It was during a meditation class when I first met Brandon Breaux, a Chicago artist who is well known for his work that “focuses on identity, the subconscious mind and the fragility of the human psyche.” Brandon’s artwork in itself is a creative expression of emotions and experiences, and he shares his love for art with children in the community. Brandon founded Field Trip, during which he takes children to art museums as a way to spark their creative minds through art. Brandon’s commitment to decreasing the stigma related to talking about mental health through the Mental Health is Real campaign has two amazing outcomes: one is that it opens a conversation about mental health and the second is making a difference by donating a portion of the proceeds to the National Alliance on Mental Illness.
A second amazing Chicagoan is Kenyatta Forbes, a former Chicago Public School Teacher, and creator of Trading Races, a card game about Black culture and Blackness. Kenyatta takes her understanding of educational theory and creates safe spaces for people to have uncomfortable conversations. Kenyatta is also the founding artist of Urban Macrame Fibers and I was awed to see her beautifully sculpt glass and create a small neon sculpture when we took a glass-blowing class together. I am inspired by her openness and support for people to express their emotions through different ways, including exploring issues related to mental health on her podcast Middle-Aged Millennials.
Another inspirational woman is Dr. Eve Ewing, an author, qualitative sociologist, and professor at the University of Chicago. I met Dr. Ewing after her talk Superheros Unmasked during which she discussed her role in writing Ironheart, Marvel’s Black teenage engineer superhero. Eve described the ideas behind the character: "Riri Williams is a teen girl from the South Side of Chicago who copes with both great trauma and great talent, and as Ironheart, she fights for justice as a new addition to the classic roster of beloved Marvel heroes. She’s brilliant, she’s awkward, she’s tenacious, she’s relatable, and she’s earned acclaim from both diehard comics fans and new readers." Eve has may impactful pieces of work, including her book, Ghosts in the Schoolyard: Racism and School Closings on Chicago’s South Side. Eve’s delivery method of introducing the academic theory and tying it into her messages leaves her audiences excited to follow their dreams.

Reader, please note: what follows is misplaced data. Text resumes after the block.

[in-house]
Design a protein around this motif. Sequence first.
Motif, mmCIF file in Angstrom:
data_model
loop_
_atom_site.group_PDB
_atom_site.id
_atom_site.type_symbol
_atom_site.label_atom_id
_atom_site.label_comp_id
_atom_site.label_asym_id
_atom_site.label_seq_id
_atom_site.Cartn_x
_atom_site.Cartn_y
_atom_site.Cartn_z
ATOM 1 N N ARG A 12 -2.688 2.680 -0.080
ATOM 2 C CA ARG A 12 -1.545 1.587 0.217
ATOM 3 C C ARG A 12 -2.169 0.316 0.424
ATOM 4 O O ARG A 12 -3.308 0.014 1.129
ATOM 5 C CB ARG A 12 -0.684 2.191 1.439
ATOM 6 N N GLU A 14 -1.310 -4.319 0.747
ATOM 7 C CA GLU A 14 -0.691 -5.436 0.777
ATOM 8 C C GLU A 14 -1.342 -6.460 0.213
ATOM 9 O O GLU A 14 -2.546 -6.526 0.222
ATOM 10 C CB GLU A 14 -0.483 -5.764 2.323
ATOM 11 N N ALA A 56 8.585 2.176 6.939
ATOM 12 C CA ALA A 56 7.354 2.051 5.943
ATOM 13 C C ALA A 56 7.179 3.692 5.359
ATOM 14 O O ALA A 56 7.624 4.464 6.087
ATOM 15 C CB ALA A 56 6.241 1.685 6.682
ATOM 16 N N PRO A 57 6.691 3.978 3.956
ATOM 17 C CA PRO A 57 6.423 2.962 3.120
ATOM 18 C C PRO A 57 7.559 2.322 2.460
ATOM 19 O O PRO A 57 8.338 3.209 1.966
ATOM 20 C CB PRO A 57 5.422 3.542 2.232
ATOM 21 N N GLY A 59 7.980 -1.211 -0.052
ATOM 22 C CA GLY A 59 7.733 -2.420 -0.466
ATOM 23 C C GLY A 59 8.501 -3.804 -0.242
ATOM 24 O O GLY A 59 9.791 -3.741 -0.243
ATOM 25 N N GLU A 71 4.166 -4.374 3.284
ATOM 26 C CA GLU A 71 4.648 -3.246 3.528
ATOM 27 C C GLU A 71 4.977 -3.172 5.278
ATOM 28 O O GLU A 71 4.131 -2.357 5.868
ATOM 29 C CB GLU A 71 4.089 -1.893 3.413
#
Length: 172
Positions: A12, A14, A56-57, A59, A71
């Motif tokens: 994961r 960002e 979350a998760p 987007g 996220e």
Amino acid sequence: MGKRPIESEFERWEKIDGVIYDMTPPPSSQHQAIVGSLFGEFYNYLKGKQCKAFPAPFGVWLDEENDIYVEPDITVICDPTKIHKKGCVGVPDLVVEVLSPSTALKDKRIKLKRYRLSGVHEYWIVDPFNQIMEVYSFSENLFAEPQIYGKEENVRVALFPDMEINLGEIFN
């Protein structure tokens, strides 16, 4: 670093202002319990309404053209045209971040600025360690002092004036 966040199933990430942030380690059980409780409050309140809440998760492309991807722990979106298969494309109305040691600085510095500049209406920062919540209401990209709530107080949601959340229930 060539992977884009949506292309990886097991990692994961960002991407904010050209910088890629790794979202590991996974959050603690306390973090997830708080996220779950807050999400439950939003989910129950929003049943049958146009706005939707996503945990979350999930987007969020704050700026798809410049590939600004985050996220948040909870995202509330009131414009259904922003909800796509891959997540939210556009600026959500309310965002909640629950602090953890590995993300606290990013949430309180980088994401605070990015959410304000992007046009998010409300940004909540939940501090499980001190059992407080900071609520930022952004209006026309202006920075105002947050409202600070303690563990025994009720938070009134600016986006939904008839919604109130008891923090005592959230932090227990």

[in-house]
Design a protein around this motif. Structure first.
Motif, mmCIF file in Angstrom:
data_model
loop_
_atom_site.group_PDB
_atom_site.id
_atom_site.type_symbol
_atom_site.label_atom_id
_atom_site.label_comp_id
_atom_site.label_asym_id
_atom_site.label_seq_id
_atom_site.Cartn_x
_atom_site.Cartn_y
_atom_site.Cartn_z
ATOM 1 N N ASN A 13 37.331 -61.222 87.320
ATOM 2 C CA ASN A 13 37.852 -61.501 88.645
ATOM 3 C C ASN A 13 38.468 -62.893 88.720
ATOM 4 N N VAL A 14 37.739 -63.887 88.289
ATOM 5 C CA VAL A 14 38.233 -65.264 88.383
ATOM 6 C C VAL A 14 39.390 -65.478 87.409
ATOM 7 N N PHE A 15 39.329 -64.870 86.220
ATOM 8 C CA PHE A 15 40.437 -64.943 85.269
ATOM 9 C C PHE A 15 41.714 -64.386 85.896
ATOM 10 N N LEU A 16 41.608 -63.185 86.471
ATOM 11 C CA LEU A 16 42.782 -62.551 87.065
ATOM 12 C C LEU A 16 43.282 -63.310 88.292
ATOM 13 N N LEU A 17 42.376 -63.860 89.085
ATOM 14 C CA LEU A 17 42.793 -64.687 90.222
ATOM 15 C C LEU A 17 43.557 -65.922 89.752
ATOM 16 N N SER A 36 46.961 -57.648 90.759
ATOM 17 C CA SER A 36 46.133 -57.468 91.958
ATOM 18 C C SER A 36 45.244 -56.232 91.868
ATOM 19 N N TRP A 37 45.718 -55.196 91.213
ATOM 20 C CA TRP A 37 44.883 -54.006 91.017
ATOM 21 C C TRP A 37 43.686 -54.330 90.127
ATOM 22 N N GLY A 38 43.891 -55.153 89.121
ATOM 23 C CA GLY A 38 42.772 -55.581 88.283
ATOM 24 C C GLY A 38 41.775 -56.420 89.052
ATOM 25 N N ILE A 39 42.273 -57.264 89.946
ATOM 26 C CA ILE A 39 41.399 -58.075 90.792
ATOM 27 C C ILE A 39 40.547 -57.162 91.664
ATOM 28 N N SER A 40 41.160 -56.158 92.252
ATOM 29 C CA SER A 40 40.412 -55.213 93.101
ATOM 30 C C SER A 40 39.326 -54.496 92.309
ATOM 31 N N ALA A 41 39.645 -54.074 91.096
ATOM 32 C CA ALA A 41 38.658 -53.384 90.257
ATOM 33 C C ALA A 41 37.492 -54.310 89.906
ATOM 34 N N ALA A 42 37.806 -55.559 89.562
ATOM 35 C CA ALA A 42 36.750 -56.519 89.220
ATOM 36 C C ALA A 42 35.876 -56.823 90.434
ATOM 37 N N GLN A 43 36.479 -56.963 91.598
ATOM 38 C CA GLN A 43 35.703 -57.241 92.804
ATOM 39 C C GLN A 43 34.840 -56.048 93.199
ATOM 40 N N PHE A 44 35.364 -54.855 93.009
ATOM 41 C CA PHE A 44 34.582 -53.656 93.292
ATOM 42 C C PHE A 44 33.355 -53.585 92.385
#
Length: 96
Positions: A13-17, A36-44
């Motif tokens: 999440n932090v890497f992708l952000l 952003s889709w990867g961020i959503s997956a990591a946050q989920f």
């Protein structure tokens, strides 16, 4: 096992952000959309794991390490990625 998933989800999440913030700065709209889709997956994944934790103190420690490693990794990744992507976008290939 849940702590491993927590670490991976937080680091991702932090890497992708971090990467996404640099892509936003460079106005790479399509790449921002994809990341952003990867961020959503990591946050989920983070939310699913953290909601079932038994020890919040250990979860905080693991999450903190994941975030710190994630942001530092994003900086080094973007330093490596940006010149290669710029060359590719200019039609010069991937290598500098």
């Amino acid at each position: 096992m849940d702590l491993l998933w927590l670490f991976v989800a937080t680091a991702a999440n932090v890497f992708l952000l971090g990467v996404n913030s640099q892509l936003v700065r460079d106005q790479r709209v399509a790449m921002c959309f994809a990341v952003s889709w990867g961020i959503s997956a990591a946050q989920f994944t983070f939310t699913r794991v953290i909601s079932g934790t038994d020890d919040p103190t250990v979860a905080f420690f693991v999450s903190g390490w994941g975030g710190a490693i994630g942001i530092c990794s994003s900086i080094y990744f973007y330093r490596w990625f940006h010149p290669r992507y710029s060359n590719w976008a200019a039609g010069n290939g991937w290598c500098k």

Finally, Michelle Obama, our first Black First Lady of the United States, Chicagoan, author of Becoming, and fitness enthusiast, is a role model of grace and achievement. As a former fitness instructor and personal trainer, I love hearing Michelle’s advocacy for fitness and health across the lifespan as she encourages people: “Let’s Move!” While I have not yet met Michelle, I can only imagine her intense charisma and would love to have a conversation with her about her recommendations and reflections on our past, present, and future.
We encourage you to celebrate Black history, culture, and inspiration throughout the year. Our lives have been impacted and we thank you for taking the time to learn about those who have and who continue to inspire us.